Lemma 37.68.6. Let $f : X \to Y$ be a morphism of schemes. Assume

$f$ is locally quasi-finite, and

$Y$ is unibranch and locally Noetherian.

Then there is a weighting $w : X \to \mathbf{Z}_{\geq 0}$ given by the rule that sends $x \in X$ lying over $y \in Y$ to the “generic separable degree” of $\mathcal{O}_{X, x}^{sh}$ over $\mathcal{O}_{Y, y}^{sh}$.

**Proof.**
It follows from Algebra, Lemmas 10.156.3 and 10.153.3 that $\mathcal{O}_{Y, y}^{sh} \to \mathcal{O}_{X, x}^{sh}$ is finite. Since $Y$ is unibranch there is a unique minimal prime $\mathfrak p$ in $\mathcal{O}_{Y, y}^{sh}$. Write

\[ (\kappa (\mathfrak p) \otimes _{\mathcal{O}_{Y, y}^{sh}} \mathcal{O}_{X, x}^{sh})_{red} = \prod K_ i \]

as a finite product of fields. We set $w(x) = \sum [K_ i : \kappa (\mathfrak p)]_ s$.

Since this definition is clearly insensitive to étale localization, in order to show that $w$ is a weighting we reduce to showing that if $f$ is a finite morphism, then $\int _ f w$ is locally constant. Observe that the value of $\int _ f w$ in a generic point $\eta $ of $Y$ is just the number of points of the geometric fibre $X_{\overline{\eta }}$ of $X \to Y$ over $\eta $. Moreover, since $Y$ is unibranch a point $y$ of $Y$ is the specialization of a unique generic point $\eta $. Hence it suffices to show that $(\int _ f w)(y)$ is equal to the number of points of $X_{\overline{\eta }}$. After passing to an affine neighbourhood of $y$ we may assume $X \to Y$ is given by a finite ring map $A \to B$. Suppose $\mathcal{O}_{Y, y}^{sh}$ is constructed using a map $\kappa (y) \to k$ into an algebraically closed field $k$. Then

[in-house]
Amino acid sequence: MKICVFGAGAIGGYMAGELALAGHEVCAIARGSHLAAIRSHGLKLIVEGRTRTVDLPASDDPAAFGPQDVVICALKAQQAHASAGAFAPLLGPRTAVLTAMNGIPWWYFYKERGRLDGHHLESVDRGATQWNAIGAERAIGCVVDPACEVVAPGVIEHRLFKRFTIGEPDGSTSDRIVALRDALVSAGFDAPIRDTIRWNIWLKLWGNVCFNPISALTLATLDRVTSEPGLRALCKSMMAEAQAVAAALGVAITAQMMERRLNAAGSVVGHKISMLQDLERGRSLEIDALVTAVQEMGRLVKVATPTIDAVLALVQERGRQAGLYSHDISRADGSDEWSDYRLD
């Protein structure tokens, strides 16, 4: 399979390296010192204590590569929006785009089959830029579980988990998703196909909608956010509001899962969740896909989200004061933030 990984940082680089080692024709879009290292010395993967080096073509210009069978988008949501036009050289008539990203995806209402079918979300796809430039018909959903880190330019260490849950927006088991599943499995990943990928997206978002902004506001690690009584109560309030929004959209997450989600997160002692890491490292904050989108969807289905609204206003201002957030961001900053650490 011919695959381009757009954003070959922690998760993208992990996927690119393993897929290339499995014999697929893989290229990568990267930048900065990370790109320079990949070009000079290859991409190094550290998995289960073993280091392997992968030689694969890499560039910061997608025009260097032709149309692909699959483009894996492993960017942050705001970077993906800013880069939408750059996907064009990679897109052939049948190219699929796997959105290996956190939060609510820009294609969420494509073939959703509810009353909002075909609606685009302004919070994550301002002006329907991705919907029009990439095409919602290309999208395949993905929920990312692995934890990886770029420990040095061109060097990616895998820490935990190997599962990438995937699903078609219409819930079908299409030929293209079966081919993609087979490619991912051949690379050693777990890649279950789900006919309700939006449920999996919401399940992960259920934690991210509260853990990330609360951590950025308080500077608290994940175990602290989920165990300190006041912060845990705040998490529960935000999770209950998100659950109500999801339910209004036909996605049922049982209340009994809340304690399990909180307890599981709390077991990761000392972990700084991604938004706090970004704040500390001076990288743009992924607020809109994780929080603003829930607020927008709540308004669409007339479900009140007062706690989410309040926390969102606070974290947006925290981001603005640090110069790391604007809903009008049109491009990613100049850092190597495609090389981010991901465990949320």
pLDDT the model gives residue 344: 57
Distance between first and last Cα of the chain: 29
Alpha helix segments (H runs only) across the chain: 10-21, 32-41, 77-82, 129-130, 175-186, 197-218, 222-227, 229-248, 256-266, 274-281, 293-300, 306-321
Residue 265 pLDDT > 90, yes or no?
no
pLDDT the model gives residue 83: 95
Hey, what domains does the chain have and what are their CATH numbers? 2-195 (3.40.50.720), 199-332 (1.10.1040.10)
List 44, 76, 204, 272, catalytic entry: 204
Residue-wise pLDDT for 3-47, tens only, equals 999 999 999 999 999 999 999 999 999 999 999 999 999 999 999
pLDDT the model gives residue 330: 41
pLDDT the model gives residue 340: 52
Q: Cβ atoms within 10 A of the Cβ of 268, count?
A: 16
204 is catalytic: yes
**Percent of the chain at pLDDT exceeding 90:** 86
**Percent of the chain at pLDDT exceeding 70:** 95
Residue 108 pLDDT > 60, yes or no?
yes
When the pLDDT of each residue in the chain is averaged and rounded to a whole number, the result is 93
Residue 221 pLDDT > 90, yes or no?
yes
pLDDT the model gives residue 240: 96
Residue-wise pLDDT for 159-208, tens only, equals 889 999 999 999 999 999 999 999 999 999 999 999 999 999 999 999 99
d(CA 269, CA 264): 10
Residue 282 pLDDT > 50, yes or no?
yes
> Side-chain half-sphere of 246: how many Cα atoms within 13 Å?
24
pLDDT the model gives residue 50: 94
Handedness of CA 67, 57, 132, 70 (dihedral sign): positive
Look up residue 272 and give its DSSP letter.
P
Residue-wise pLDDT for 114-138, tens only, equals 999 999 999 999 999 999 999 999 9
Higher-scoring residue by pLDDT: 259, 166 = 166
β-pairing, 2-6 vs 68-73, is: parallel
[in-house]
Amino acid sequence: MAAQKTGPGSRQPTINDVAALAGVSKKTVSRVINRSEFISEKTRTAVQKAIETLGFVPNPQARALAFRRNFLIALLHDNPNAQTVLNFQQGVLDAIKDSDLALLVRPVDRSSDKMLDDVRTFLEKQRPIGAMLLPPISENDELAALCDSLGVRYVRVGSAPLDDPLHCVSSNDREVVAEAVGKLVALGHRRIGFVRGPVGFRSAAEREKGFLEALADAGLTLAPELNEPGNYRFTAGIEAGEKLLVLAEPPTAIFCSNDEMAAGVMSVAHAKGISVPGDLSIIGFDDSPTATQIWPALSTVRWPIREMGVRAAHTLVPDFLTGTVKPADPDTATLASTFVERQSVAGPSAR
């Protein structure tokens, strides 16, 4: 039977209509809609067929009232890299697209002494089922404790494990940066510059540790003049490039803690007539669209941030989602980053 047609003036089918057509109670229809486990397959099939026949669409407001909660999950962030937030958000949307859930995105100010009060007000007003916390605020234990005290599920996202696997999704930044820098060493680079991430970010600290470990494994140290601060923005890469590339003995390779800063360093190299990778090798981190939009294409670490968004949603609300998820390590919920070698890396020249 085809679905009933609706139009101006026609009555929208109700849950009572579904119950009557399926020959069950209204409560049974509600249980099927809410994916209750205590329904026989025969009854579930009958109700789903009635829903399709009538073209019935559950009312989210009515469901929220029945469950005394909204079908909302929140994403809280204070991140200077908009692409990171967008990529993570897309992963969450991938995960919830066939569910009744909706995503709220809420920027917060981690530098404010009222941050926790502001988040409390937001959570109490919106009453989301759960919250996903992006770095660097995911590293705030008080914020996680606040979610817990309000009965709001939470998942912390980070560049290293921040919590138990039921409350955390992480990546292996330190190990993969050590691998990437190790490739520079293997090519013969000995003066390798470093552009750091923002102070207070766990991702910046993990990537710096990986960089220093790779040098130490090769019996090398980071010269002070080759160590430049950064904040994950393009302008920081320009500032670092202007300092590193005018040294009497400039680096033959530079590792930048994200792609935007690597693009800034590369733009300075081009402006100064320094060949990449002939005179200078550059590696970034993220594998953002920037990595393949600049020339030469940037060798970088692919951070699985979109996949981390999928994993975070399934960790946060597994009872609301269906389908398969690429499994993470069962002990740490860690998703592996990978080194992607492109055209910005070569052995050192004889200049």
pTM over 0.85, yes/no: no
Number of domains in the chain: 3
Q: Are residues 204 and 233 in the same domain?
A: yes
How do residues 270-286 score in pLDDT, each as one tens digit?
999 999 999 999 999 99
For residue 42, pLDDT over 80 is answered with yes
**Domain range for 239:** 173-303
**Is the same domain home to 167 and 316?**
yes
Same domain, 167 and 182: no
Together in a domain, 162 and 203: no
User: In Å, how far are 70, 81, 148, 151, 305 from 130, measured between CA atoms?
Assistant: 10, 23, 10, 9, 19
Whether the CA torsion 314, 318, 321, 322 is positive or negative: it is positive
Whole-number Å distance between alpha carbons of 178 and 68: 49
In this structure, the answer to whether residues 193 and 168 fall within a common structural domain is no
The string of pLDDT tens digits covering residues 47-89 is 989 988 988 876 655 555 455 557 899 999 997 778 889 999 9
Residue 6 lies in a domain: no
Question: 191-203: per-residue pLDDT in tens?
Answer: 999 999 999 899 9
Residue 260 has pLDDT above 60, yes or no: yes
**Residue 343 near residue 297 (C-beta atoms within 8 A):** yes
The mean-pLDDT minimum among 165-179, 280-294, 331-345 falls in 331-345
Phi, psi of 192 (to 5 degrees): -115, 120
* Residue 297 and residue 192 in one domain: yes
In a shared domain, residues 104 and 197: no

\[ \mathcal{O}_{Y, y}^{sh} \otimes _ A B = \prod \nolimits _{f(x) = y} \prod \nolimits _{\varphi \in \mathop{Mor}\nolimits _{\kappa (y)}(\kappa (x), k)} \mathcal{O}_{X, x}^{sh} \]

by the references on strict henselization given above. Observe that the minimal prime $\mathfrak p$ of $\mathcal{O}_{Y, y}^{sh}$ maps to the prime of $A$ corresponding to $\eta $. Hence we see that the desired equality holds because the number of points of a geometric fibre is unchanged by a field extension.
$\square$

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